News


Governor Crist Joins Law Enforcement, Families to Remember Missing Children

10/27/2008
 
TALLAHASSEE - Governor Charlie Crist today joined Florida Department of Law Enforcement (FDLE) Commissioner Gerald Bailey and families, educators, law enforcement personnel and public officials to remember Florida's missing children and to recognize the state's child protection efforts. During the 2008 Florida Missing Children's Day ceremony, the Governor signed the 'Jennifer Kesse and Tiffany Sessions Missing Persons Act,' legislation that bolsters the state's ability to locate endangered missing adults.

"We must do all we can to protect Florida's most vulnerable citizens," said Governor Crist. "Florida's missing children and adults are forever on our minds and in our prayers, and we must give law enforcement the tools they need to locate these citizens. Today, especially, we pause to think of the missing and to remember those who did not make it home safely."

Last year, law enforcement agencies throughout Florida received approximately 50,940 reports of missing children. So far this year, Amber Alerts have helped officers rescue nine missing children. The annual Missing Children's Day ceremony is an opportunity to honor citizens, canine training teams, and law enforcement officers from around the state for their exemplary efforts in these missing children investigations.

"Today, we honor the people who have worked tirelessly to protect our state's children," FDLE Commissioner Gerald Bailey said. "And we recommit ourselves to working together to do everything we can to protect Florida's families and keep them safe."

The Florida Legislature this year passed Senate Bill 502, the 'Jennifer Kesse and Tiffany Sessions Missing Persons Act.' Governor Crist today ceremonially signed the bill, which broadens the authority of FDLE's Missing Endangered Persons Information Clearinghouse to provide assistance on investigations involving missing adults younger than 26 and missing adults age 26 and older who are suspected by law enforcement to be in danger.

In addition, the Act requires that local law enforcement authorities transmit missing child and adult reports to the state and federal criminal databases within two hours of receiving the report. The local law enforcement agency investigating the case must also attempt to obtain a DNA sample if the child or adult has been missing for more than 90 days. These DNA profiles will be analyzed and uploaded into the FBI's National DNA Index System and continuously searched against unidentified human remains.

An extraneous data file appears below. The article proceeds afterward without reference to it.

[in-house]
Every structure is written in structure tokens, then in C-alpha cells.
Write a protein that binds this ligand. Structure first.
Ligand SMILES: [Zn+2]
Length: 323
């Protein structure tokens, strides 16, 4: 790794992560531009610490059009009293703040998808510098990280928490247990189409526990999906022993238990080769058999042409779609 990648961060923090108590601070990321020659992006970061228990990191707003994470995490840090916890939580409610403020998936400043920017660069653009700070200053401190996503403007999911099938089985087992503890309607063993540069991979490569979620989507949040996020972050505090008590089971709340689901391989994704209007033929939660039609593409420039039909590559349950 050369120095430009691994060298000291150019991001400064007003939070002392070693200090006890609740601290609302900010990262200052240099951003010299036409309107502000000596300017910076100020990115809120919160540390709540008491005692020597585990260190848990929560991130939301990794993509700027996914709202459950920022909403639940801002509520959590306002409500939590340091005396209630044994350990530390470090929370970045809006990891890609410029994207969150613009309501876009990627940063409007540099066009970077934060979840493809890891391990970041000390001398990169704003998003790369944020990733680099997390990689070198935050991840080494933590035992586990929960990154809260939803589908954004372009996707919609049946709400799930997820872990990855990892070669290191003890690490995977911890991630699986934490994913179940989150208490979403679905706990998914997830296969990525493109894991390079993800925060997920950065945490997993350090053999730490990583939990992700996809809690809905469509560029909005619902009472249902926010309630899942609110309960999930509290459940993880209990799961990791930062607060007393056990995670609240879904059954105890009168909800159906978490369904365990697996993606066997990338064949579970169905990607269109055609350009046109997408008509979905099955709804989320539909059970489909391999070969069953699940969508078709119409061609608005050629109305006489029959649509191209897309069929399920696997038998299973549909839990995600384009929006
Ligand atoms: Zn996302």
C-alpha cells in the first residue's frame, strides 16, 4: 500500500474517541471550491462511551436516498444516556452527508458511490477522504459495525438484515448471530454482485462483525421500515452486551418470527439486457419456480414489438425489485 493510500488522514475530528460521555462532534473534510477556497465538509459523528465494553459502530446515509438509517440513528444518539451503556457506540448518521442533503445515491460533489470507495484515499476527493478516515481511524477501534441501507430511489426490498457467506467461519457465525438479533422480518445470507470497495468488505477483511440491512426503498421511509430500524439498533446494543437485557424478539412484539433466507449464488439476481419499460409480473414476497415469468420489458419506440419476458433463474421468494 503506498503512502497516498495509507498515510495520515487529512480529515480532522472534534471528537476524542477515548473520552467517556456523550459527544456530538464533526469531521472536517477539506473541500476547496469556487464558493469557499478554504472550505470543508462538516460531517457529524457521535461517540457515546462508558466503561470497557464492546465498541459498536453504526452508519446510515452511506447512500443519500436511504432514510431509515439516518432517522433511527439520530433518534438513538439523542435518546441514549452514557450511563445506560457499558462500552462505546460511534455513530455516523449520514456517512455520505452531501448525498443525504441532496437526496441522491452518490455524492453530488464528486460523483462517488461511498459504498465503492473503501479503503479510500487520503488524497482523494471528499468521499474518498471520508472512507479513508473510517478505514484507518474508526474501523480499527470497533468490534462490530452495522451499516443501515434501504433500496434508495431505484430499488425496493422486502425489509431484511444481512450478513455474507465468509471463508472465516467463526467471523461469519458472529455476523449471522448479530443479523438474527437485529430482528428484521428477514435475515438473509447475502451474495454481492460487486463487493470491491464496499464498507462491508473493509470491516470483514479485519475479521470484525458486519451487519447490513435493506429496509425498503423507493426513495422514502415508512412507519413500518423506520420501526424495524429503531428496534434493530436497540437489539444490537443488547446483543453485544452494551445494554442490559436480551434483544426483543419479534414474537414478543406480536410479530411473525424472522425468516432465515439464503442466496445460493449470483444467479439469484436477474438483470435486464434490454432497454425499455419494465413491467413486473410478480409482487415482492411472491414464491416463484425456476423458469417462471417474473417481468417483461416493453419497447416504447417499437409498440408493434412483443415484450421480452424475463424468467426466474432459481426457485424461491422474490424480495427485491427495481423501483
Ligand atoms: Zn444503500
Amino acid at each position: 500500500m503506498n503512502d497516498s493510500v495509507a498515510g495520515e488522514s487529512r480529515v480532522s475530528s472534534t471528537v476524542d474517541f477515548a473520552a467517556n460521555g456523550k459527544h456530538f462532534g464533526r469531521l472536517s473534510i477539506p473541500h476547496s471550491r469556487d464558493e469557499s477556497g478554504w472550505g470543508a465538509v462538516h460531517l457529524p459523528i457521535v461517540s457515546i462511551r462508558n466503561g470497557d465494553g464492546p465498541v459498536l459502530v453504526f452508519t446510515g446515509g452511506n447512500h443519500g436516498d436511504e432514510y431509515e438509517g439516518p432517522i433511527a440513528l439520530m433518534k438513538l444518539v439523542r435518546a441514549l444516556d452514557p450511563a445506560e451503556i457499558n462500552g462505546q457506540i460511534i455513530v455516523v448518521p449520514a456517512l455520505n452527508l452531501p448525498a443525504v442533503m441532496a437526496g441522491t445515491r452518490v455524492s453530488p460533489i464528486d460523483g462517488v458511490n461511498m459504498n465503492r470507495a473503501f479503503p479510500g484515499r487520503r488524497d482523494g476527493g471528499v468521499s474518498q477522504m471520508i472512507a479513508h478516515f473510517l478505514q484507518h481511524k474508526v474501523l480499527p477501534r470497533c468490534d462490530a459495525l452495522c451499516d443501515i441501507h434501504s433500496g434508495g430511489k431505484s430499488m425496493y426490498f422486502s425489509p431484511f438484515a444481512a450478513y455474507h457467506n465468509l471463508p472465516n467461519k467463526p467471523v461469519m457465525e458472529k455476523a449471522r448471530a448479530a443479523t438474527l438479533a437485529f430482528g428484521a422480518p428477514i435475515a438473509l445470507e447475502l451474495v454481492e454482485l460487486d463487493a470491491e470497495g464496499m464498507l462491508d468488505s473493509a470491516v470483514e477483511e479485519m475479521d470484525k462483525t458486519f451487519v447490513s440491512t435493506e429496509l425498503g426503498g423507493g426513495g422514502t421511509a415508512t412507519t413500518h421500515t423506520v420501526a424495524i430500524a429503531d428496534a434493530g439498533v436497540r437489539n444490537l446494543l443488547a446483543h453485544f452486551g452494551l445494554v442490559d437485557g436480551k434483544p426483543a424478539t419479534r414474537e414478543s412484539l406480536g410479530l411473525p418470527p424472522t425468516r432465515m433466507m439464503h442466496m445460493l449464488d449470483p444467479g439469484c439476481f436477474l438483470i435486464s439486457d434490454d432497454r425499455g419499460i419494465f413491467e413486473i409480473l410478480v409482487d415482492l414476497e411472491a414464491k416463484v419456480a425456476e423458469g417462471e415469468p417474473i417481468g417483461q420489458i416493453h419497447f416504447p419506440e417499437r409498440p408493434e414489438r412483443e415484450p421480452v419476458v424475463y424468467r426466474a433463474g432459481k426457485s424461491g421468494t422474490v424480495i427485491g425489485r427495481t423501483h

Hundreds of children from surrounding counties participated in today's events, which included fingerprinting and photographing for the Clearinghouse, and a safety presentation on abduction prevention. Various law enforcement agencies, victim assistance groups and non-profit children's organizations were on hand with displays during the Missing Children's Day event. Special recognition was given to the following recipients of the 2008 Florida Missing Children Awards:

* Commissioner's Award: Dr. Barry Lipton of Largo, Fla
* Citizen of the Year: Tracy Bridges of Homestead, Fla.
* Trailing Team of the Year: Sgt. Scott Marceill, Sgt. Tommy Brock, Officer Hugh Kopp, and K-9 Leonard (Florida Department of Corrections)

* Statewide Essay Contest Winner: Samantha Smith of Babson Park, Fla. (Dale R. Fair Babson Park Elementary School)

* Local Law Enforcement Officer of the Year: Detective John Madsen (Gainesville Police Department)
* Law Enforcement Task Force/Team of the Year: Seminole County Alert Crew, Seminole County Communications Center, Sanford Police Department, Lake Mary Police Department, Central Florida Regional Hospital, and Florida Department of Law Enforcement

* State/Federal Law Enforcement Officer of the Year: Staff Sgt. Esther Werstler (United States Air Force, Eglin AFB)

* School Bus Operator of the Year: Ms. Billie Joe Kaser (Escambia County School District)
* John and Reve Walsh Award: Drew and Joyce Kesse, Hilary Sessions
* Evelyn Williams Award: Diane Clark

FDLE invites the public to sign up for receive e-mail alerts containing information on missing and abducted children. Citizens and businesses can sign up to receive Missing Child Alerts and Amber Alerts via personal computer, cell phone and/or text message by visiting www.missingchildrenalert.com. For more information, or to view photos of missing children, please visit www.fdle.state.fl.us or contact the FDLE Missing Endangered Persons Clearinghouse at 1-888-FL MISSING (1-888-356-4774).

About the Missing Endangered Persons Information Clearinghouse

The Missing Endangered Persons Information Clearinghouse, formerly called the Missing Children Information Clearinghouse, will serve as Florida's central repository for the collection and dissemination of information regarding missing children and adults. The Clearinghouse will help law enforcement agencies, public and private organizations and citizens in locating those who are reported missing. In 2007, FDLE's Clearinghouse directly assisted in the recovery of 141 missing children.

For more information, contact:

Governor's Press Office, (850) 488-5394

Heather Smith or Kristen Perezluha
FDLE Public Information Office
(850) 410-7001